Revisiting A Wizard of Earthsea

A Wizard of EarthseaA Wizard of EarthseaA Wizard of Earthsea


The island of Gont, a single mountain that lifts its peak a mile above the storm-wracked Northeast Sea, is a land famous for wizards. 

One measure of a book’s greatness is in how much of it stays with you after you’ve read it. Some sparkle but fade rapidly, others steal deep into your subconscious and linger there, revealing themselves occasionally throughout the following months, years – fleeting reminders of rare brilliance. A Wizard of Earthsea, for me, is one of the latter.

I first read the novel as a child of probably no more than ten, yet so evocative is this story that twenty years on I can still summon images that my younger self formed while reading the book two decades ago. I can remember the twisting cobbled streets of Roke, the magic of the wizards’ school and the ominous Isolate Tower. Of course I’d forgotten far more than I remembered, but these glimmers of the tale that stayed with me all these years are testament to Ursula Le Guin’s  masterful storytelling.

Eventually I decided to revisit A Wizard of Earthsea with two questions in mind: why was it that twenty years on I could still visualise places from the story, and could the novel still inspire the same sense of wonder in my adult self as it had in me as a child?

I discovered the answer to my first question very quickly; the reason that this story had stayed with me for so long is simply because Le Guin is such a wonderful writer. Her prose is effortless, as the best prose is, but also vibrant and possessing of a poetic depth that resounds through every word.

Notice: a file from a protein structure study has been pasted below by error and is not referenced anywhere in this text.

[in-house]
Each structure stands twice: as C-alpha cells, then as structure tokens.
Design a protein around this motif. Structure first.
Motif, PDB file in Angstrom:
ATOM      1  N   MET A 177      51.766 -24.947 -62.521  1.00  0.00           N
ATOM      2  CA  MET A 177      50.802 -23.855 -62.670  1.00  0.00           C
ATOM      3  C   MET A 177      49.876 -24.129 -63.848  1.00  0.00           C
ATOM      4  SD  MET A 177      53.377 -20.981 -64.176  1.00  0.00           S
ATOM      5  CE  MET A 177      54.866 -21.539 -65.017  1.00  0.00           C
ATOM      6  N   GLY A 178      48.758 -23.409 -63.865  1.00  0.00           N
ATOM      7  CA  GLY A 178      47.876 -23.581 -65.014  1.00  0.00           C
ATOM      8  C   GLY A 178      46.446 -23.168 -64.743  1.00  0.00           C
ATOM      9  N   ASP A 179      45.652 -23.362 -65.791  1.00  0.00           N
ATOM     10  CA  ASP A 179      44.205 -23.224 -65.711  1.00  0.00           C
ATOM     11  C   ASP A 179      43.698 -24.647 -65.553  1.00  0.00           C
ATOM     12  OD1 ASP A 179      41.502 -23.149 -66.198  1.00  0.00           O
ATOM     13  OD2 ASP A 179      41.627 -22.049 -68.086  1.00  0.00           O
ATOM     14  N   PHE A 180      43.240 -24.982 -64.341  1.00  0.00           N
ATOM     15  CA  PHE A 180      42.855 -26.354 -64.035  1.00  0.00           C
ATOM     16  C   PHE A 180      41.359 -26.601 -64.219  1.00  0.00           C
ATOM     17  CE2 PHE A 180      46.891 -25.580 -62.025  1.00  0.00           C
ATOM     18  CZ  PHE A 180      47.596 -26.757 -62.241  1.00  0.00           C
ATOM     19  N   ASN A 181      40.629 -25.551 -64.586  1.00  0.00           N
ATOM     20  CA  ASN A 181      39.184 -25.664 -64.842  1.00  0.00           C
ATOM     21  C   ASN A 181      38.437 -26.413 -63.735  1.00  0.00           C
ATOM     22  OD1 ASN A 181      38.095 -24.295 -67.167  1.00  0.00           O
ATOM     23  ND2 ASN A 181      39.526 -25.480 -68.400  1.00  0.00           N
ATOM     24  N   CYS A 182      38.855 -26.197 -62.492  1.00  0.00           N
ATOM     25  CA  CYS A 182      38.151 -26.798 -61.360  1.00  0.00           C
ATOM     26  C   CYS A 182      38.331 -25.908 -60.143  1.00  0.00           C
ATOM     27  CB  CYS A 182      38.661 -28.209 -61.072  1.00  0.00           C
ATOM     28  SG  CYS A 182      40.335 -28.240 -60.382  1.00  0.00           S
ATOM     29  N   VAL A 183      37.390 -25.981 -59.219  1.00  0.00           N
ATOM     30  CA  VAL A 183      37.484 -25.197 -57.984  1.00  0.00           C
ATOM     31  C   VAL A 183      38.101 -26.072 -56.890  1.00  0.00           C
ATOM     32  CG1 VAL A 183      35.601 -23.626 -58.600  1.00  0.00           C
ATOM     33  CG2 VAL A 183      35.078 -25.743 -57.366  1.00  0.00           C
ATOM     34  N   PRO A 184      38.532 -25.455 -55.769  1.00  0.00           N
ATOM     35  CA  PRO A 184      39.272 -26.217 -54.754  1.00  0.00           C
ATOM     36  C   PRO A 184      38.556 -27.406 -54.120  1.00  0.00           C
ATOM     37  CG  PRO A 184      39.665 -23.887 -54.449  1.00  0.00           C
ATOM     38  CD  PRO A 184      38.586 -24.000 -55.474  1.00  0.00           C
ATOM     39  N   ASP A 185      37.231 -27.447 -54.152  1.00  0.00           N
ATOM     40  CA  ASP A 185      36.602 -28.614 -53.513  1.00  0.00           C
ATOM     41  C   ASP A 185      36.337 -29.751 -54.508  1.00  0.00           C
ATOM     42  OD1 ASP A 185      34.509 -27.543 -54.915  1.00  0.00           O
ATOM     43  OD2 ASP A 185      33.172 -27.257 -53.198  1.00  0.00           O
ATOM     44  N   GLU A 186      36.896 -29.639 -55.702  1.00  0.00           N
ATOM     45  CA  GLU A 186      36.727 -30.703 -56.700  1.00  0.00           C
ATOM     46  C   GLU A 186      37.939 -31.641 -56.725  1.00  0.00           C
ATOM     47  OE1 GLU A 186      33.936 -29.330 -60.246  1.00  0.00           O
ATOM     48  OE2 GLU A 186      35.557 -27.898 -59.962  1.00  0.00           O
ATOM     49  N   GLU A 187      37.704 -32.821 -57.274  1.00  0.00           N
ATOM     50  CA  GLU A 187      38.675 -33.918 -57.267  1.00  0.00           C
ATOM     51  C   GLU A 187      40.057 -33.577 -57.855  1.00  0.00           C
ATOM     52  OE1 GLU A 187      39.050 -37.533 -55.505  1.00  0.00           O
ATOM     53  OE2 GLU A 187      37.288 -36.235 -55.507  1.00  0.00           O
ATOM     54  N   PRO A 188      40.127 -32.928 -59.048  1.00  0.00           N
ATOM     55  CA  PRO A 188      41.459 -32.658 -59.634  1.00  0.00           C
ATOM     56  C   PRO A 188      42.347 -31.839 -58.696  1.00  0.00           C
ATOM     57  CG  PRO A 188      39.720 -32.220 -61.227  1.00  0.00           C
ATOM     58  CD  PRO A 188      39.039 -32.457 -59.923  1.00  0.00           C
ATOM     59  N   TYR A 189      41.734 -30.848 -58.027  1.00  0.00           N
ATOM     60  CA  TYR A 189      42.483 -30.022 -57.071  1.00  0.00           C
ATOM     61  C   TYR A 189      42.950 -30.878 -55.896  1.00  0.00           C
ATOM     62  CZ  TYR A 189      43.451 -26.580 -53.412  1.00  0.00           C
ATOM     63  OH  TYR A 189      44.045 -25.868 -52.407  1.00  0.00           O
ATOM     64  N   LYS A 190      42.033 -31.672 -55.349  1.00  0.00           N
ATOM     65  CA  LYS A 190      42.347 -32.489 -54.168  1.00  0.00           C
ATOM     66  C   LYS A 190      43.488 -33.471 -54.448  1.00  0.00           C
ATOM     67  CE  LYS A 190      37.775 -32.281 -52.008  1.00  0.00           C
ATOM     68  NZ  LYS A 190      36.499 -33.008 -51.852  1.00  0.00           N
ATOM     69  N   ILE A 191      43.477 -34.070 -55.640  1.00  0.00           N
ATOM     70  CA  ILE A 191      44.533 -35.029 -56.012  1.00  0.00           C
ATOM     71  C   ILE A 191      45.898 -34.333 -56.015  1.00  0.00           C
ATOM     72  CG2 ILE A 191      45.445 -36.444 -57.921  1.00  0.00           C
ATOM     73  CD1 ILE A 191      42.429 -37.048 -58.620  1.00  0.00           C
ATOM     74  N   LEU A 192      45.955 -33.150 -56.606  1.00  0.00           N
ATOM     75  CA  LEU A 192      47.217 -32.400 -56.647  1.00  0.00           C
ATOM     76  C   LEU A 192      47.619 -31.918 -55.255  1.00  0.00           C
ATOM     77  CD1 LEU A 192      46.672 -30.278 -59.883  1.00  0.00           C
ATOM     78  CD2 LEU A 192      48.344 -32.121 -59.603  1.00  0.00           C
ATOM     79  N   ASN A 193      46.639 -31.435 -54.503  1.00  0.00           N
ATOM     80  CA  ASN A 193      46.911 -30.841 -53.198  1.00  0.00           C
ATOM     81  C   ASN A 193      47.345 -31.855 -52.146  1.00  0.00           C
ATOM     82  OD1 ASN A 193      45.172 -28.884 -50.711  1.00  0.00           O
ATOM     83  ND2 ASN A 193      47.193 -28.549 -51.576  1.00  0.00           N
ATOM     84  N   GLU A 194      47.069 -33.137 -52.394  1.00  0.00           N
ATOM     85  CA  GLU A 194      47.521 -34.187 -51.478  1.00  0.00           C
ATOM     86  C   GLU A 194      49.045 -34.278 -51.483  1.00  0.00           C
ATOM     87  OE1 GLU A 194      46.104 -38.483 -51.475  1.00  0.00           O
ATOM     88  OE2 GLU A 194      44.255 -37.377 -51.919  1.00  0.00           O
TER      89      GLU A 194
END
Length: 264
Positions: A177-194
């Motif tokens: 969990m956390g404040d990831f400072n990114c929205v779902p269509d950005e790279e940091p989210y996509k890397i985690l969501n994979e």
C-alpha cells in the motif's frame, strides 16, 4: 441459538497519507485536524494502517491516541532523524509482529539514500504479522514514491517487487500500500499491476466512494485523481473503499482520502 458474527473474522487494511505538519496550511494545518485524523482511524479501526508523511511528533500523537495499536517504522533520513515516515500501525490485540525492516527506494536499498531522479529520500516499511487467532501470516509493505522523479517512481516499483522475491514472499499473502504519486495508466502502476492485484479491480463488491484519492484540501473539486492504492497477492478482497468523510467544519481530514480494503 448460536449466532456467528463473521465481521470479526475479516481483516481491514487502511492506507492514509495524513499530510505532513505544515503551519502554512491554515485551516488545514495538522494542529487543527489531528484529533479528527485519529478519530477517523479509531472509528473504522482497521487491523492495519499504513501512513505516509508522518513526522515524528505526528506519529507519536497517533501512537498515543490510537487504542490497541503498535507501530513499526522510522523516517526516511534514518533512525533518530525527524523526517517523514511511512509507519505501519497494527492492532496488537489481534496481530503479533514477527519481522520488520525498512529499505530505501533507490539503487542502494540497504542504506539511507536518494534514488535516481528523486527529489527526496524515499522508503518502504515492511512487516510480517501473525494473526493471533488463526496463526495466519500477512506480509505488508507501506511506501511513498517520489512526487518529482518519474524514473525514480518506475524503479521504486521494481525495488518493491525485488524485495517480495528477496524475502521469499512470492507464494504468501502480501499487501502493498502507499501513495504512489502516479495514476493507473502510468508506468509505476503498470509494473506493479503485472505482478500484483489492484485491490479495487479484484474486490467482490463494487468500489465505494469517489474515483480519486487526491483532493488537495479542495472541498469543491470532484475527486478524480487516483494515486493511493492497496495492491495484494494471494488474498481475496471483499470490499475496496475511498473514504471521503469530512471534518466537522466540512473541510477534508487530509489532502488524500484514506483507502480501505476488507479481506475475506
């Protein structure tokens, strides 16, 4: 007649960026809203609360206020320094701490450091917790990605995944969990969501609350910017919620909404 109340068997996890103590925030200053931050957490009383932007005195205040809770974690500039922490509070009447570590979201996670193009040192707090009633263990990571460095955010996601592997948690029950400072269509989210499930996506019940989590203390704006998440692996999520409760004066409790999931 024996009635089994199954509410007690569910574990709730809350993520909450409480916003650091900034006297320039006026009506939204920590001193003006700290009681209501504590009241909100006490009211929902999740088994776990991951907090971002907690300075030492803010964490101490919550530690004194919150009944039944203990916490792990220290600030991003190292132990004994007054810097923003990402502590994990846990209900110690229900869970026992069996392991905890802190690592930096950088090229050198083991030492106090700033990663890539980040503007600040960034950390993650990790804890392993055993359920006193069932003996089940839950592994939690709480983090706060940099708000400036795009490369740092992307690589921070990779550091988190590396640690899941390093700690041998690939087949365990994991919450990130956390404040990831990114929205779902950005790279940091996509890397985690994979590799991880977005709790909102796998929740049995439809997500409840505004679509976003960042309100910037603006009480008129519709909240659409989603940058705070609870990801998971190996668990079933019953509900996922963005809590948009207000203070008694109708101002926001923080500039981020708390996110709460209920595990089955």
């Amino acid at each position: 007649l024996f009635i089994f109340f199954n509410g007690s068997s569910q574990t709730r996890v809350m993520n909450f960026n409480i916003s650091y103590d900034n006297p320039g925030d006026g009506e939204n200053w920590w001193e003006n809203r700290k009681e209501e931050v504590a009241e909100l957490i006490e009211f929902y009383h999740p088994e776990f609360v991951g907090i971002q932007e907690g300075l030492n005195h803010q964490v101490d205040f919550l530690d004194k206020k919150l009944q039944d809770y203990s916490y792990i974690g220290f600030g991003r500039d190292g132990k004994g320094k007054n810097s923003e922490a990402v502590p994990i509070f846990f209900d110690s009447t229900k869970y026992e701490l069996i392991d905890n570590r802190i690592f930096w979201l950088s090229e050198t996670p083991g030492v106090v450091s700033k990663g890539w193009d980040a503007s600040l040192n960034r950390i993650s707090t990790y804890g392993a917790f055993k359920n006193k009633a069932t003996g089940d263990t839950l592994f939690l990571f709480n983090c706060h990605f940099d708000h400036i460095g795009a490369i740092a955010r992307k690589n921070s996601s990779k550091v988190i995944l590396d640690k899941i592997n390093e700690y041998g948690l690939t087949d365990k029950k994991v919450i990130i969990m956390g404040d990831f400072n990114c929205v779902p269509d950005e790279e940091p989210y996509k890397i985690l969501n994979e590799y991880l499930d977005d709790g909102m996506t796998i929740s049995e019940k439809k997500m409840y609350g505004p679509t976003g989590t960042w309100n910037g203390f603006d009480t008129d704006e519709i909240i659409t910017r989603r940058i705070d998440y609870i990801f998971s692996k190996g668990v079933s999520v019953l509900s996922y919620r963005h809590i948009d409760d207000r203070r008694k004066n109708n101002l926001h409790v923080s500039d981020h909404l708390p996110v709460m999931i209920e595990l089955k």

As their eyes met, a bird sang aloud in the branches of the tree. In that moment Ged understood the singing of the bird, and the language of the water falling in the basin of the fountain, and the shape of the clouds, and the beginning and end of the wind that stirred the leaves: it seemed to him that he himself was a word spoken by the sunlight.

There’s a certain economy to Le Guin’s writing – she never overloads her prose with exposition, yet it is vibrant and evocative enough for the world of Earthsea to truly come alive and enter the mind of the reader. It’s a fine balancing act that is masterful in its execution. Looking back, I’m not in the least surprised that this wonderfully-revealed world seeped deep into my memory.

As for the second question – would I rediscover the sense of wonder I must have found the first time around – well, after just a couple of chapters I realised that was never in any doubt. Le Guin’s world possesses a wistful beauty, underscored by magic both literal and figurative.

The story itself – of how the apprentice wizard Ged unleashes a darkness on the world that only he can banish – is a powerful metaphor for how we must all confront our fears, and rather than fighting them must accept them as part of ourselves. 

This is a lesson that can be learned by readers of all ages and, perhaps, is where the magic of A Wizard of Earthsea truly lies.

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